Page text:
147 Troop Diary Week 6

 147 Troop Diary Week 6

Week 6 was packed with a series of first Aid, Map reading and the importance of dealing with weapons drills and stoppages.

The week involved the troop’s first live firing.  This was exciting for me and I think the whole troop as I had never done any live firing before. It was important for all to remember weapons drills as the impact for getting them wrong could be severe. The main focus of the shoot on a 25m range was to help assess the zeroing and thus make our firing more accurate.  With the help of the training team we would measure the distance our SUSAT was out and make the correction accordingly.  Hopefully this will help lead to better accuracy in future firing. The troop mentors Colin and Jumper came down to view some rudimentary shooting and it was good to hear their advice and support and also the sugary sweets.

The troop was given lectures on first aid and these lectures would then lead to an eventual assessment.  The lectures involved areas such as primary survey, secondary survey, how to assess a casualty, how to put the casualty in the recovery position and apply CPR.  These skills are demonstrated to the troop practically but it is important to grasp the essential nature of the First Aid skills learnt and the pivotal part these skills could play in future operations.  

The week was finished with more hoofing map reading lectures from the new Troop Commander. Map reading is a vital tool to a Royal Marine and getting it right is crucial and is a skill every Royal Marine needs to grasp. Techniques such as how to take a grid reference, take a bearing amongst other map reading skills were imparted on the troop.  These new map reading skills would be ironed out and put to use in the next exercise which would be Ex Marshal Star.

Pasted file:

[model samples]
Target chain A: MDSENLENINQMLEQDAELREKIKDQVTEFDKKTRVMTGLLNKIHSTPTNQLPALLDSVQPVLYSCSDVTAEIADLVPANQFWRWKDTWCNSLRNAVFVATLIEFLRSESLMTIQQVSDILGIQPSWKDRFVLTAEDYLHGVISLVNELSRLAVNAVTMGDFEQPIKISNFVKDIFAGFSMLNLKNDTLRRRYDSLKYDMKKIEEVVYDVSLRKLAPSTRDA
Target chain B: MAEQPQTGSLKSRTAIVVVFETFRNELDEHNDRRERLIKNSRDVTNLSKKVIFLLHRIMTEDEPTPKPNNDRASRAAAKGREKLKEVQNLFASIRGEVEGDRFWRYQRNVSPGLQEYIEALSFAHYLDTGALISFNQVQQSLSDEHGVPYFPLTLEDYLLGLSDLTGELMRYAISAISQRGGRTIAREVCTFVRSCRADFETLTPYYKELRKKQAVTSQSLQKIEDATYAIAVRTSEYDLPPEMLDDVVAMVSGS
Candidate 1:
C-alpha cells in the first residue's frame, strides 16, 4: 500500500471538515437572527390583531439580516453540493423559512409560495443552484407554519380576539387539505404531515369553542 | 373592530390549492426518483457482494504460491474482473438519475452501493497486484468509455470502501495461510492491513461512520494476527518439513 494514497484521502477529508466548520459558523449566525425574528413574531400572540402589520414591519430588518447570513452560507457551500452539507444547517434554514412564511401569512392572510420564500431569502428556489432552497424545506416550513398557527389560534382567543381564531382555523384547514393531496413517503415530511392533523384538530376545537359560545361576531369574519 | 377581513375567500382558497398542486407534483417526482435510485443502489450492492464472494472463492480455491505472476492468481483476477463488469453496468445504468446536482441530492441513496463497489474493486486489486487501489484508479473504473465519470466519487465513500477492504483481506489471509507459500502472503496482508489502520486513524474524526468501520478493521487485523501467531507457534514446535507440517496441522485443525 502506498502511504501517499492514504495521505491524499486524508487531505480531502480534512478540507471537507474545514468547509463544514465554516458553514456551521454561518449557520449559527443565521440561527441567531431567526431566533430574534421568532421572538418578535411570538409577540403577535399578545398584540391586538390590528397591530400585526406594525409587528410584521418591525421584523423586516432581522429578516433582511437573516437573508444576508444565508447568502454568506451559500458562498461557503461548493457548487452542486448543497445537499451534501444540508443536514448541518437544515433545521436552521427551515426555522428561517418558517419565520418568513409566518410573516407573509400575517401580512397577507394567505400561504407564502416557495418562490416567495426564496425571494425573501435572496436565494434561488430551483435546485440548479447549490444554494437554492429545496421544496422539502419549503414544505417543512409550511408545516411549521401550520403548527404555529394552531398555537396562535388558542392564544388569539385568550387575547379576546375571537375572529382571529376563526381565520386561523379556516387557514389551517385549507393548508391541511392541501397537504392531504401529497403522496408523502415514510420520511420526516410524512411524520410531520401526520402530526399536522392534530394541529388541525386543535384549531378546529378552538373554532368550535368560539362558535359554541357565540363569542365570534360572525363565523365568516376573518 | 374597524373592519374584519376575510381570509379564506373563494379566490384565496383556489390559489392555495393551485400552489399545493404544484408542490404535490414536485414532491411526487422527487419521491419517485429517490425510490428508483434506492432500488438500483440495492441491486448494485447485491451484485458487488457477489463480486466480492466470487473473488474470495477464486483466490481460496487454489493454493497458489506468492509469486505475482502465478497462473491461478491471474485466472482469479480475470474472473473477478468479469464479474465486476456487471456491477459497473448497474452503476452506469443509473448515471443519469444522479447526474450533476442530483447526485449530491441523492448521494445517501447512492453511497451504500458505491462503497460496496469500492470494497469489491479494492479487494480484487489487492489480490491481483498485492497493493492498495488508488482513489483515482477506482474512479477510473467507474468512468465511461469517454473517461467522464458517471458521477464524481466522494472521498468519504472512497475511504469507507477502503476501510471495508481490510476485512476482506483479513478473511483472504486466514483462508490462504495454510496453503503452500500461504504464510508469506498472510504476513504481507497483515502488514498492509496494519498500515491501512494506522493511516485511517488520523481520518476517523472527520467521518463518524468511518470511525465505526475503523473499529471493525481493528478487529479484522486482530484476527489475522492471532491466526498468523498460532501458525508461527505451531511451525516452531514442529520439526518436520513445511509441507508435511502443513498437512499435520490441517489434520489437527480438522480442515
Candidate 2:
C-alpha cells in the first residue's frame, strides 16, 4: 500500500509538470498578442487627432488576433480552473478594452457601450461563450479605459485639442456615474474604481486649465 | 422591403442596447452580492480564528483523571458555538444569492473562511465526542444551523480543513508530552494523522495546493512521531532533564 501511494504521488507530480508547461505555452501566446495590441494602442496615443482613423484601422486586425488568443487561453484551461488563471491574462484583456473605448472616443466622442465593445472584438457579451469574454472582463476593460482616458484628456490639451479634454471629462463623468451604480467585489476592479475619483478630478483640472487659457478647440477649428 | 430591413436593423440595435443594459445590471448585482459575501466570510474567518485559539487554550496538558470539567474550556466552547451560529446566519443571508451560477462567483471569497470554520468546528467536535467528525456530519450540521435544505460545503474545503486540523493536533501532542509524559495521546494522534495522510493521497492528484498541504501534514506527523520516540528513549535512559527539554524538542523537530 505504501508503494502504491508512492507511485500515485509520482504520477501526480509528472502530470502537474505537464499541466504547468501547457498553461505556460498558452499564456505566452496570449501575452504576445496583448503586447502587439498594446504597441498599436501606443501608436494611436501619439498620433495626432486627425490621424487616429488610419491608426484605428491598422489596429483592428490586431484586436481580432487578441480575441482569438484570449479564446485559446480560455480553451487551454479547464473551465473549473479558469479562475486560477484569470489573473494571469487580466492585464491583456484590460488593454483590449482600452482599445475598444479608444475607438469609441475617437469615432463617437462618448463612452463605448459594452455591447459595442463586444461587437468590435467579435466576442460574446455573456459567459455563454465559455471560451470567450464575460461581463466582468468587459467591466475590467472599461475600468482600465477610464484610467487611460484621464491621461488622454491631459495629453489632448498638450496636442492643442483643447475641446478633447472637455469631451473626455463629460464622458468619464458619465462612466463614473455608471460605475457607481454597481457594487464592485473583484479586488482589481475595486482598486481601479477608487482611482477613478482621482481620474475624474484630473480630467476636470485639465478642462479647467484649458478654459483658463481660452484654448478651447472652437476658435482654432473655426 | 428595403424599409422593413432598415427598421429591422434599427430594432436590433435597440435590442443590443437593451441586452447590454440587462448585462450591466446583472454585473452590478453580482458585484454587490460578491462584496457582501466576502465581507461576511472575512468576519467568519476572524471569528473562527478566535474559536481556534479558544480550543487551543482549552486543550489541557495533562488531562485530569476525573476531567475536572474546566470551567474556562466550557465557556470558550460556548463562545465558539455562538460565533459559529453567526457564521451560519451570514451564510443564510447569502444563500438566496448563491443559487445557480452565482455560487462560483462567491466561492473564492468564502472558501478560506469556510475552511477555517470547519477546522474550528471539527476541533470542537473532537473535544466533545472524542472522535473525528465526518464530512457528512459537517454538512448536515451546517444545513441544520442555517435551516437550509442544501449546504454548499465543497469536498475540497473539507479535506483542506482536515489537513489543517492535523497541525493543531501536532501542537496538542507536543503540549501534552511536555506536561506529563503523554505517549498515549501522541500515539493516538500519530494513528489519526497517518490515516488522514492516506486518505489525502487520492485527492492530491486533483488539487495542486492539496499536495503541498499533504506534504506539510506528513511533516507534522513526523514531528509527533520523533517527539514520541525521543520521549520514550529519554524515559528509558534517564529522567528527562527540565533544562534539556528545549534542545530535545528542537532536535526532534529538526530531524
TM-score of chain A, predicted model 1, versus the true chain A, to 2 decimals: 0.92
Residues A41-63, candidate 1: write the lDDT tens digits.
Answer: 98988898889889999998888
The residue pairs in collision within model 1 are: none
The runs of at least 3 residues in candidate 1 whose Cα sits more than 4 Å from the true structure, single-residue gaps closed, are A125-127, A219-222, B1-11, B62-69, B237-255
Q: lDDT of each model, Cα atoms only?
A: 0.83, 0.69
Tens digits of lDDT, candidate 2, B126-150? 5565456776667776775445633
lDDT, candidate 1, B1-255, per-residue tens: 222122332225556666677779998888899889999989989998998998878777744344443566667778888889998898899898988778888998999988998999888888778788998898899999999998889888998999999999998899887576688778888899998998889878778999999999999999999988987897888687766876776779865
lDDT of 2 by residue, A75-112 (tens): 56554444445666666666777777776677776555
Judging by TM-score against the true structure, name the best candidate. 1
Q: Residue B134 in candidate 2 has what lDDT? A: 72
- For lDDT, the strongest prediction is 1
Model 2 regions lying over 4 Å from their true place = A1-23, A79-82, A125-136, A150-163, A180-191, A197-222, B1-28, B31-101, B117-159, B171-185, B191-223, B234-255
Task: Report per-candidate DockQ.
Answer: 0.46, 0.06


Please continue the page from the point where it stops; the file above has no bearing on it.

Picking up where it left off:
147 Troop Week 7

Week 7 had the main focus of Ex Marshal Star; this would be an exercise mainly focussing on Map reading including navigating at night, pyrotechnics, how to become one with a gorse bush, unsuccessfully navigating babies heads, getting removed from bogs and other fun.

We carried out night navigation exercises as a group. Clambering over, through and under gorse bushes taking parts of them with us in our skin, though the intended mission was to navigate ourselves around a series of checkpoints using pre determined bearings. The next night would see us carry out a night navex as a troop without the stewardship of the section corporal. The map reading was gradual building on layers of learning to hopefully finish with an end product of a practical marine who could navigate.

There was also a yomp with daysack’s navigating ourselves around Woodbury as section fire teams to check points. This ended up with me immersed halfway in a bog and being pulled out by my oppo’s and I am sure I wasn’t the only one.

The return to CTC would have to be taken by an inevitable yomp the first experience of carrying our loaded bergans over a distance.

The week ended with more First Aid lectures. The channelled aggression of CQC and a mighty effort by the Troop in IMF with a large amount of rope climbs met by the entire troop.


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